Heuristics and Biases: The Psychology
of Intuitive Judgment; offers a massive, state-of-the-art treatment of the literature, supplementing a similar book published two decades ago...This is an impressive book, full of implications for law and policy." Cass Sunstein, University of Chicago Law School
"...the book should serve well as a Reference Work
for researchers in Cognitive Science
and as a textbook for advanced courses in that difficult topic. Philosophers interested in Cognitive Science will also wish to consult it." MetaPsychology Online Review
"Heuristics and Biases: The Psychology of Intuitive Judgment is a scholarly treat, one that is sure to shape the perspectives of another generation of researchers, teachers, and graduate students. The book will serve as a welcome refresher course for some readers and a strong introduction to an important research perspective for others." Journal of Social and Clinical Psychology
Judgment pervades human experience. Do I have a strong enough case to go to trial? Will the Fed change interest rates? Can I trust this person? This book examines how, and how well, people answer such questions. How do people cope with the complexities of , say, the world economy, the uncertain behavior of friends and adversaries, or their own changing tastes and personalities? When are people's judgments prone to bias, and what is responsible for their biases? This book compiles psychologists' best attempts to answer these important questions.
From the Publisher
Daniel Kahneman is co-winner of the 2002 Nobel Memorial Prize in Economic Sciences. The award was bestowed in recognition of the influential research conducted by Kahneman and his long-time collaborator, the late Amos Tversky, on the Psychology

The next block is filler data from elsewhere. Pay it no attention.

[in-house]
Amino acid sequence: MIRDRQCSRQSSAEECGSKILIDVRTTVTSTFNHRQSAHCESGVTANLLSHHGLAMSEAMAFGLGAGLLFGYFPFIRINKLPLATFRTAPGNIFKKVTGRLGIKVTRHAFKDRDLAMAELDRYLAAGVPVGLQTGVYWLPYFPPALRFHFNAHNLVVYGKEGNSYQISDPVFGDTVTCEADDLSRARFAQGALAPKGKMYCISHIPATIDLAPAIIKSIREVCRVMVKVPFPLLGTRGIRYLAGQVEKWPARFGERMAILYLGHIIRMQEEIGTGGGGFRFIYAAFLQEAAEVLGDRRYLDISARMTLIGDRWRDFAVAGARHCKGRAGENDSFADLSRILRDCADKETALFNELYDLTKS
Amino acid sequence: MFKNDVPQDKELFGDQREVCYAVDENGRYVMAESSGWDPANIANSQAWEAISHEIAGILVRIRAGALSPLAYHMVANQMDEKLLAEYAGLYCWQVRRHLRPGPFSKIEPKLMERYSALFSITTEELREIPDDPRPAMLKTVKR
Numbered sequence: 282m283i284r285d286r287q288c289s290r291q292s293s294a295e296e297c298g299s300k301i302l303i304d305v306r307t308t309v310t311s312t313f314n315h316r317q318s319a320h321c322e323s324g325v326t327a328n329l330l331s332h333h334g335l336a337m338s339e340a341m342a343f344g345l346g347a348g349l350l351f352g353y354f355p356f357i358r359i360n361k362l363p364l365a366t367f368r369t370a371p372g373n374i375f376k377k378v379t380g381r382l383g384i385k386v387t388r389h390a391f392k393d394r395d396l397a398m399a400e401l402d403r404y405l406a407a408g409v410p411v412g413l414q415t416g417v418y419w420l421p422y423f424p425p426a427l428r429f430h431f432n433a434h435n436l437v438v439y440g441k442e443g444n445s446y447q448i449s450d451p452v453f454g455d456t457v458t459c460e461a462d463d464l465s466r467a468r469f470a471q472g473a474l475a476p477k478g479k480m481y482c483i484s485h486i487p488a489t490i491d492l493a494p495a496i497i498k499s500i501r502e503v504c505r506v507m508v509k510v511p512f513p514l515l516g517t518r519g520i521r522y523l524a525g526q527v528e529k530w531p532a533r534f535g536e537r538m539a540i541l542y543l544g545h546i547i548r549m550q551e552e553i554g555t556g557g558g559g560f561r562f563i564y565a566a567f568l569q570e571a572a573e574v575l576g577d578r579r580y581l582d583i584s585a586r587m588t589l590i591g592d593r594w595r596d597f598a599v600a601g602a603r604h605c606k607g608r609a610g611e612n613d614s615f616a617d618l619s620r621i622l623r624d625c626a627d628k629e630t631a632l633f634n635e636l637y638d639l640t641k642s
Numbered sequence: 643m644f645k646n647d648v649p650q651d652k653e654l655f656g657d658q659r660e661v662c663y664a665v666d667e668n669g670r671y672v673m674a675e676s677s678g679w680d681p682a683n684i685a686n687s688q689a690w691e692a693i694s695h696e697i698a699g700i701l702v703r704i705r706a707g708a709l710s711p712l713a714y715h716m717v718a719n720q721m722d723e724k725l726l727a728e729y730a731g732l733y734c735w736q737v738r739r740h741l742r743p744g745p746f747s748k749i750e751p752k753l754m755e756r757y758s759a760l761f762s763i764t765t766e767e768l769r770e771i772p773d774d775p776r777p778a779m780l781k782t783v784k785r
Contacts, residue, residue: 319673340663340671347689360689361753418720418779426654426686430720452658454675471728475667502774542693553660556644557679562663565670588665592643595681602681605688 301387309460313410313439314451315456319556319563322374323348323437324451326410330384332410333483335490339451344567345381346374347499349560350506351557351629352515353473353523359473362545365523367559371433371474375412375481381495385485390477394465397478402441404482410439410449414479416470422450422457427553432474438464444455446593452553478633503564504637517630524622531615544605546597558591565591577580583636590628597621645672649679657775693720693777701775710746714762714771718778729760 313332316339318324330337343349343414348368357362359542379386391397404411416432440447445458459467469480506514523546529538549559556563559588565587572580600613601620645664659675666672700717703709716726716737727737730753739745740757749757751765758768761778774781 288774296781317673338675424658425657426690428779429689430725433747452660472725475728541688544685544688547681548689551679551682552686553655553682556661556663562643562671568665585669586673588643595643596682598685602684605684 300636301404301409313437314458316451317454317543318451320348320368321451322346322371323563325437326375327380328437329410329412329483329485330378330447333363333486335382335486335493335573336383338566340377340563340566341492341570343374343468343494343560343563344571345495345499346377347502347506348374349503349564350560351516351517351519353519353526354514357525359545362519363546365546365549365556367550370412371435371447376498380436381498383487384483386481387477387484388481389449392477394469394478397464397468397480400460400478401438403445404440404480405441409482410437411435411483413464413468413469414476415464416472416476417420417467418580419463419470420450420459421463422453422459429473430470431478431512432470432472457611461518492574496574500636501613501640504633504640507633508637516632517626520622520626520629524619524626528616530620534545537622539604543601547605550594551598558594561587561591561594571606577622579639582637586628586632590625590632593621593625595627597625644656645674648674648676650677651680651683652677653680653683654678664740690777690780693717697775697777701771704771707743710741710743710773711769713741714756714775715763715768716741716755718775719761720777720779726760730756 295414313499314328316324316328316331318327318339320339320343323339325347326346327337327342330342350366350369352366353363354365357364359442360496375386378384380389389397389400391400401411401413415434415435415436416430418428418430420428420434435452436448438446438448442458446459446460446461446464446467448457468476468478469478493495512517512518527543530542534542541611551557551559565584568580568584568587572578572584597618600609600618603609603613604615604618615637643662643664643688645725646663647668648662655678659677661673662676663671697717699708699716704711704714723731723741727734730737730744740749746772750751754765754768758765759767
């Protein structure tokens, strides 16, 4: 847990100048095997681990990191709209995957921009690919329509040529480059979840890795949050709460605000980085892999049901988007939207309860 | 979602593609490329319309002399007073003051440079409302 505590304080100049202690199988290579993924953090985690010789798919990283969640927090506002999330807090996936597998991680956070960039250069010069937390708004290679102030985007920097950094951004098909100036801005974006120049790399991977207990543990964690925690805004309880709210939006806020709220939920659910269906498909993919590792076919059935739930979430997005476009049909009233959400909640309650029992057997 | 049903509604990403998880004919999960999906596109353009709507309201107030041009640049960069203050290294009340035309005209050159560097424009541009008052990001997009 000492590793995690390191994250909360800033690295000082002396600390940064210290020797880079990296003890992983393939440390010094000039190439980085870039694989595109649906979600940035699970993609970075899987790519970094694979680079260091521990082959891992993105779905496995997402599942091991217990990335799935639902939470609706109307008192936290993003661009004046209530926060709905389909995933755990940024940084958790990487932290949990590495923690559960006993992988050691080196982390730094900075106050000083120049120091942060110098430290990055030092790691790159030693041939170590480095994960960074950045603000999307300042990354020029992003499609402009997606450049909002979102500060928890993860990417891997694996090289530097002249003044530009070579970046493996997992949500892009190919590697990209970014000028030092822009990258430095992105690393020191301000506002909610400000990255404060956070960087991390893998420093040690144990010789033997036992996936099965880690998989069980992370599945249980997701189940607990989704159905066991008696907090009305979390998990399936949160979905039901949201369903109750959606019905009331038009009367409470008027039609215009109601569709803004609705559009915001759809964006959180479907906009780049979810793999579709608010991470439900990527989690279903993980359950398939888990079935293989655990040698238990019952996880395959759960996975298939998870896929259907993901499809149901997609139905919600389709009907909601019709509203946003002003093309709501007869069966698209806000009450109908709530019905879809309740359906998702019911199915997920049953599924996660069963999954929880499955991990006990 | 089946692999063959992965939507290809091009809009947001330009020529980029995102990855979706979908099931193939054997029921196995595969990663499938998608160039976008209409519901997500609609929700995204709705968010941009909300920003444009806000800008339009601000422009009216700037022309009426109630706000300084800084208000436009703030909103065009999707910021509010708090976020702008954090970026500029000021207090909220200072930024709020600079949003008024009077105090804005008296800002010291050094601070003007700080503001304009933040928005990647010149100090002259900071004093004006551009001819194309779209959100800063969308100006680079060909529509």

of human judgment and decision-making. According to a recent article published in the journal Psychological Science, the research program initiated by Kahneman and Tversky is considered Psychologys "leading intellectual export to the wider academic world." Current scholarship and research in medicine, law, public policy, international relations, and economics has been profoundly shaped by their insights into human rationality.
About the Author
Kahneman is the Eugene Higgins Professor of Psychology and Professor of Public Affairs
at the Woodrow Wilson School of Public and International Affairs at Princeton University. He has been a faculty member at Hebrew University, Israel, the University of British Columbia, Canada, and the University of California, Berkeley.